After lunch everyone came inside and the flurry of unpacking began.  Usually we take delivery and toss everyone out, but unlike U.S. movers, the Asian Tigers are very willing to do unpacking and we really didn't have much space for the detritus of moving, so we pointed out the things we wanted unpacked and assembled and the boxes we wanted unpacked (some boxes just shouldn't be unpacked by strangers, for example, our dainties) and we circulated around the house responding to the occasional chorus of "Ooh....!" which meant something had come out of a box or wrapping in a condition not assumed to be good.  

That is the peril of moving, under the column "Things to be expected."

There were times, however, when I would enter a room and someone would be proudly pointing to an item clearly marked FOR STORAGE.  In fact, this happened an alarming number of times.  

I would like to enter the following into evidence... 

And just to put too fine a point on it, here's a closeup of that sticker.

 Now I realize this is blurry, but I am pretty sure that all of you, on a different continent, with a bad picture, can read that.  


Would have been funny once.  Might have been amusing twice.  But we have a pantload of things here with us in Indonesia that had no business being shipped.  Books we've read, furniture we can't use, about half a dozen 110v. small appliances, and incredibly, our Toy Story movie poster, which had been rolled up in a cardboard tube and put in a room that was 100% storage.  Some packer went shopping for a tube sized item to fill a box and voila! it's here with us. 

That is the peril of moving, under the column "Things that Should Not Happen".  

And of course, the B side of our unexpected (and unwanted) booty is the unfortunate counterpart- things that were sea shipment that got put in storage.  

For instance a brand new room sized rug, Ted's noise canceling headphones, and things we haven't missed yet, but will, which will start a new frenzy of bad language and pointless stomping around the house wishing ill on our packers.

We'll get over it.  But it's still annoying.  So I whine to you.  

There is a third column, "Things I Didn't Know Could Happen".  

I figured cast iron was pretty safe, movingwise.  Ha!  Nope.  Check it:

Cast iron candle holder.  Cracked and bent at the solder.  So technically the cast iron didn't get damaged, but still...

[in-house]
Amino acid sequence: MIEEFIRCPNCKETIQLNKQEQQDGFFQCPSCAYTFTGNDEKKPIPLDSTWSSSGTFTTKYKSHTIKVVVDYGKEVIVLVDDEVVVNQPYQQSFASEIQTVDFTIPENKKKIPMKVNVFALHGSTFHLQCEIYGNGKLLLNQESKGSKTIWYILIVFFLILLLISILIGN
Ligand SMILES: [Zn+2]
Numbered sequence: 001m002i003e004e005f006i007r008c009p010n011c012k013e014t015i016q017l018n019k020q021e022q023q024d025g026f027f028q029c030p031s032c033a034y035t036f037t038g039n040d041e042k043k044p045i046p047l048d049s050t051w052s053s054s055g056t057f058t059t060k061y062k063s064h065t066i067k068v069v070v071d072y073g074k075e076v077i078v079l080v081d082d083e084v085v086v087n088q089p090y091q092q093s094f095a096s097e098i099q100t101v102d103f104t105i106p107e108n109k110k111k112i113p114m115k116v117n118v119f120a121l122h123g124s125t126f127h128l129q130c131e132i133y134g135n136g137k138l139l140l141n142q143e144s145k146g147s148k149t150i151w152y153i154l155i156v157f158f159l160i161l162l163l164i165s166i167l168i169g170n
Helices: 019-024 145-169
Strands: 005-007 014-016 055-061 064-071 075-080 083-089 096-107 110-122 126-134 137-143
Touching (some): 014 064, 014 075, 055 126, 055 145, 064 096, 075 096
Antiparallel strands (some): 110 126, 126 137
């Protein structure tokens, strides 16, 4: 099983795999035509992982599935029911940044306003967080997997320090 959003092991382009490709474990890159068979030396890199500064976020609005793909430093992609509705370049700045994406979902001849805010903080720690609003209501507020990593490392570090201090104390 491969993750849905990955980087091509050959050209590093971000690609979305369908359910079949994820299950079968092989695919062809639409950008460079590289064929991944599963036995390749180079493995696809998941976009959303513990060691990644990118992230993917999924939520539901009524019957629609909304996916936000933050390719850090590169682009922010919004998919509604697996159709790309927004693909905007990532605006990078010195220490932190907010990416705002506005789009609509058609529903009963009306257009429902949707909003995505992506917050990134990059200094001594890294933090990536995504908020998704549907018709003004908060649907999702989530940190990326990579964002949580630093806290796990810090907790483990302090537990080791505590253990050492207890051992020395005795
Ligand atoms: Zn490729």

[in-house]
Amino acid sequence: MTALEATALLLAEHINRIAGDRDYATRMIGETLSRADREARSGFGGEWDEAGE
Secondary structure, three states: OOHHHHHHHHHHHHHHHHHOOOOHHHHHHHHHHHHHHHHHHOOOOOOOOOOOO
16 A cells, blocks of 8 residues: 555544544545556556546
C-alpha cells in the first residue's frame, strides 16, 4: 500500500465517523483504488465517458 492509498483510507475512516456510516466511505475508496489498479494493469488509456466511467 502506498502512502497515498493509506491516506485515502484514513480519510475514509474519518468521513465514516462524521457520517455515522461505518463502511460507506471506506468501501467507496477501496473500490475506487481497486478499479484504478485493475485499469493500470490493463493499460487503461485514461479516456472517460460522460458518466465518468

I can use this one when I want my melted wax to be offloaded onto the floor automatically.  

Oh wait, I probably don't want that.  Ever.

Again, small problem in a world with lots of actual problems.  

A little bending, a little solder, and it's good as new.  But the Asian Tigers all gathered around this one when it came out and made all kinds of fussy noises.  This was a first for them too.  

At one point, the Basket o' Dog Things was unveiled, and Elliot was ready to check his squeaky toys for damage...

He was relieved to find, after exhausting tests, there was no damage and all toys were  in squeaking order.  

As you can see, Dead Frog and Soft Box with Balls won the "I Missed You Most!" Sweepstakes.

So once these... 


and these...

Became more like this...

...we reached a moment of truth.  

I have never had the movers unpack my kitchen, because I rarely know how things are going to be stuffed into my cupboards.

I usually end up arranging and re-arranging in an endless loop of "close to the dishwasher for unloading" vs. "close to the island for cooking" indecision.  

But our Asian Tigers were present, willing, and our small kitchen was, well, too small for all those boxes. 

Tidy, for sure, but not really accessible.  So my agreement to let them unpack the kitchen was met with bright smiles and an immediate flurry of activity in the kitchen.  

 There were actually five guys in there at one point... one of them sitting on the floor carefully arranging as many things as he could in the bottom cupboards since all the upper ones were full, and we still ended up with the back third of the kitchen floor full of dishes, glasses and pans.  

But all my boxes and paper were gone, and that was the ultimate goal, so yay.  

By 3 o'clock all our stuff was in the house, and a very major chunk of it was released from its cardboard bondage. 

Everyone disappeared in a pile on one of the lift trucks, waving and shouting goodbye, but by that time my camera was hopelessly lost in the mess so you'll just have to use your imagination. 

In the succeeding days in an attempt to keep my blood pressure at unnacceptably high levels, I found some choice items to remind me that moving is just hard on your stuff. 

And in the end it's just stuff.

But here's your parting shot in case you are tempted to move anytime soon and want to be talked down off that particular ledge...